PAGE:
Haddonfield 65 Club: No Women Need Apply
Men's only retiree's club focuses on friendship.
Far from a secret society, Haddonfield’s 65 Club seems shrouded in mystery. But only to women.
Like a neighborhood boys’ club all grown up, the door to the small brick building in the first block of Rhoads Avenue could post a sign: No Girls Allowed.
The males-only rule is rigid, although the club admits women as speakers at their weekly meetings. Women also are invited to a spring luncheon at Tavistock Country Club, and on bus trips, when they and “outsiders” can fill the seats to make the trip viable. A quick run-through of the club’s membership roster shows almost all list spouses by first names, perhaps an indication of the divorce rate among retirees in the borough. More of the 150 members list spouses than list email addresses.
The small building, a polling place for residents until it was deeded to what also is known as the retired men’s club in 1955, remains owned by the borough. It’s been renovated several times and a scrapbook stashed near the door shows photos of the updates in progress.
Members are responsible for the costs of utilities and repairs but the borough handles lawn care—a chore that seemed to have slipped a little before a recent visit. The grass had gotten a bit out of control in the last few weeks, admitted one of the members last week, to the point that a neighbor sent over her lawn care service.
The clubhouse, with a tidy kitchen with oak cabinets and a carpeted floor boasts no other amenities. It is as removed as possible from a smoky boisterous men’s club. There is a large, but not gigantic, flat-screen television mounted on one wall, used primarily for participation in Wi games.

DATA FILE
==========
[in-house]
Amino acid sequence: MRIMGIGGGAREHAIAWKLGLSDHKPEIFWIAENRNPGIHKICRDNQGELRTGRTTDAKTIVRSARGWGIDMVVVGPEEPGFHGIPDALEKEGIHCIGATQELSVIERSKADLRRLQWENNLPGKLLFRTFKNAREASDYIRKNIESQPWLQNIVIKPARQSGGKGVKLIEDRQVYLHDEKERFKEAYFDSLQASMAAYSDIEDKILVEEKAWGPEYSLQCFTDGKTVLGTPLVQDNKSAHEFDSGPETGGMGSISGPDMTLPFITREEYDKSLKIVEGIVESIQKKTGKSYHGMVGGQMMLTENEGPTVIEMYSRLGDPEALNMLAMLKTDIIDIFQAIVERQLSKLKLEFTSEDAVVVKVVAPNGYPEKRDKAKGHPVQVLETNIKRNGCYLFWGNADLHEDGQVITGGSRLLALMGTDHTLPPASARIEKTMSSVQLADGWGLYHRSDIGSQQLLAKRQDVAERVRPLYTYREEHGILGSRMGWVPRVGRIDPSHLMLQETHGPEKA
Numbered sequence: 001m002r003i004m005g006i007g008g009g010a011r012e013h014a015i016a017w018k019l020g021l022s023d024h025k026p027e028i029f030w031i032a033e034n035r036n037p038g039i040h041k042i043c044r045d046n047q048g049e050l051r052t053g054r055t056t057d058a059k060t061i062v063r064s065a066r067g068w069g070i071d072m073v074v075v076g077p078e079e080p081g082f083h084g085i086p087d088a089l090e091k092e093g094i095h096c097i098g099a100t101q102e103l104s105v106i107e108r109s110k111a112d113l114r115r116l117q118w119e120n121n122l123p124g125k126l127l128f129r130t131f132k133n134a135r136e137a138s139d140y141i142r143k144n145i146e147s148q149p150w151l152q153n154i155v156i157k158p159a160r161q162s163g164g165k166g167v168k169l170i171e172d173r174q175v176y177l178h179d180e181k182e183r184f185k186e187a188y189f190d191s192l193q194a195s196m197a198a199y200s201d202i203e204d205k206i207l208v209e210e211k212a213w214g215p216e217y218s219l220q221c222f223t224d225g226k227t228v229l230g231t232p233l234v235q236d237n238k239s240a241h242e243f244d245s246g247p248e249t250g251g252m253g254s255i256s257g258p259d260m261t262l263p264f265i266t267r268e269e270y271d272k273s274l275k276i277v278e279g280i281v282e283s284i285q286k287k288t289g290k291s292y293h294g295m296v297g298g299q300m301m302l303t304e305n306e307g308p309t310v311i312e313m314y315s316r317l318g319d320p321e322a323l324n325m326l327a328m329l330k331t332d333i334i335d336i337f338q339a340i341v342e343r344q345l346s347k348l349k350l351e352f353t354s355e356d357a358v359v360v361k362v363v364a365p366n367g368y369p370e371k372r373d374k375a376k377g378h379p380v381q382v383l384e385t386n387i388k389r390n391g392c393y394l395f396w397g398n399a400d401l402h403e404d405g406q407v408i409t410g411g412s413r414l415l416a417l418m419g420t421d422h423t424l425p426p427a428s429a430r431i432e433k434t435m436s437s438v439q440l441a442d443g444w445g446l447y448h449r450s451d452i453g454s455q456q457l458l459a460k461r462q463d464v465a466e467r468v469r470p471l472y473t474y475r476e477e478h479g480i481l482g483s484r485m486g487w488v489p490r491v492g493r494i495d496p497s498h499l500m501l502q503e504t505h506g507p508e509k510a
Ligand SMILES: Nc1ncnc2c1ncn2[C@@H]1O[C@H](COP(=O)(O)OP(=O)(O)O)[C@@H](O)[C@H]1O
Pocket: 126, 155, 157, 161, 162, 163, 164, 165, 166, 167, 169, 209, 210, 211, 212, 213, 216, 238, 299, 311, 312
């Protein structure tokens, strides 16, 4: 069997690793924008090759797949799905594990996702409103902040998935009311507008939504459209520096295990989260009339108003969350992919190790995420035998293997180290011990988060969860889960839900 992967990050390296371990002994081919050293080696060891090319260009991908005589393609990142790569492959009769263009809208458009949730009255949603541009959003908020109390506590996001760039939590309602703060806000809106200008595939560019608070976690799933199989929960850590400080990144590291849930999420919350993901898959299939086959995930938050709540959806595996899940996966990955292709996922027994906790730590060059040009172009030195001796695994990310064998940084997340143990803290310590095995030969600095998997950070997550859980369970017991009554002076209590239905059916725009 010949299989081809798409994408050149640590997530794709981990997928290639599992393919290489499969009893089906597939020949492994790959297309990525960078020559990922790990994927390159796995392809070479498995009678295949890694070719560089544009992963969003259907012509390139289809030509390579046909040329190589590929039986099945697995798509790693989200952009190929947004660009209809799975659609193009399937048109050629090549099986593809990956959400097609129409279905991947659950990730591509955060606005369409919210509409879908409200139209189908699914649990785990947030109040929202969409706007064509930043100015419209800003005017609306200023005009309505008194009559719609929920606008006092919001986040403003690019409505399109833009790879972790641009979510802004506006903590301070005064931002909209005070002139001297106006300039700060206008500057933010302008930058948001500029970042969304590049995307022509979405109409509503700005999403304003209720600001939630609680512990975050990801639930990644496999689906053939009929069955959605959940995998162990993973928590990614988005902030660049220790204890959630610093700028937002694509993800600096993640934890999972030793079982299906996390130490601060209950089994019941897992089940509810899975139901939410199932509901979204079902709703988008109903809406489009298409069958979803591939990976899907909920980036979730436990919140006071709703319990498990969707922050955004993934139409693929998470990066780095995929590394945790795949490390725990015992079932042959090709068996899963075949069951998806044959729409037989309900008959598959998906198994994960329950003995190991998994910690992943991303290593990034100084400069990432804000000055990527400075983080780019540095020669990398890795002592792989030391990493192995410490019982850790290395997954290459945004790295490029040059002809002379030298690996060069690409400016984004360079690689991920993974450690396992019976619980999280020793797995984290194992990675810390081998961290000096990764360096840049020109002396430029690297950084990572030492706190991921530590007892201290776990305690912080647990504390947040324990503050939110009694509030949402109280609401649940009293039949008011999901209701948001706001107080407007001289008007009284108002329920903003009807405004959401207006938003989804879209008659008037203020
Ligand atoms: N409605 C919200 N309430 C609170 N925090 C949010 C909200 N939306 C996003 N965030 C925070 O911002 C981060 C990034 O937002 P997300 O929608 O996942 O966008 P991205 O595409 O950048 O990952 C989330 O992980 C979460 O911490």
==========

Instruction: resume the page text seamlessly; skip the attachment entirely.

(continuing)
Card tables are unfolded for twice-weekly pinochle and bridge games. A dartboard is often in use. There’s no stash of magazines or newspapers, no comfy chairs.
Weekly meetings are followed by packaged cookies and ice cream served on disposable plates, two scoops per person.
There is no smoking (it’s a borough-owned building). There is no drinking (it’s a borough-owned building). When the Indian King Tavern on Kings Highway had a beer-tasting event last spring as a fundraiser, the men decided to schedule a similar event of their own, but first had to get a special permit. The permit was granted by a 2-1 vote of the borough commissioners, Haddonfield's highest elected officials. (No one would identify the dissenter, but the pronoun “she” was mentioned.)
The commissioners are Ed Borden, Jeff Kasko and Tish Colombi, the mayor.
The members aren’t yet broadcasting their thoughts about planning a wine-tasting program in the fall. Members only, of course.
What is here is a feeling of friendship, support and good humor. Good-natured chiding is continuous, except for the moments at the beginning of the meeting dedicated to the Pledge of Allegiance, and an off-key but loud singing of “America the Beautiful,” followed by a thoughtful message from the chaplain, Dr. Louis D. Dunkle.
There was a bit of niggling by one member that after weekly card games, especially on the day before the Thursday meetings, participants left tables standing, which made it a bit of a chore to vacuum.
Generally about 30 men attend the weekly meetings. Some members are assigned as chairs of activities, from raffles and golf to finance and friendship.
Through its $20 annual membership dues, the club awards a scholarship to a student at Haddonfield Memorial High School, contributes regularly to the local American Legion post, and has other philanthropic activities.
The group participates in the borough’s Fourth of July parade and has a table at the Lions Club flea market each September.
Membership is open to male residents of Haddonfield who are over 65 or retired, or are congregants at a church in town. If a potential member doesn’t meet the residence requirement and participates in the club’s activities for a year, he could be invited to join.
Members who have moved from the borough may continue their membership by continuing to pay their $20 dues. The dues are waived for members over 90, according to the bylaws.
Men interested in joining the Haddonfield 65 Club should contact president Robert Parsons at 795-1465 or first vice president William Brown at 429-4368.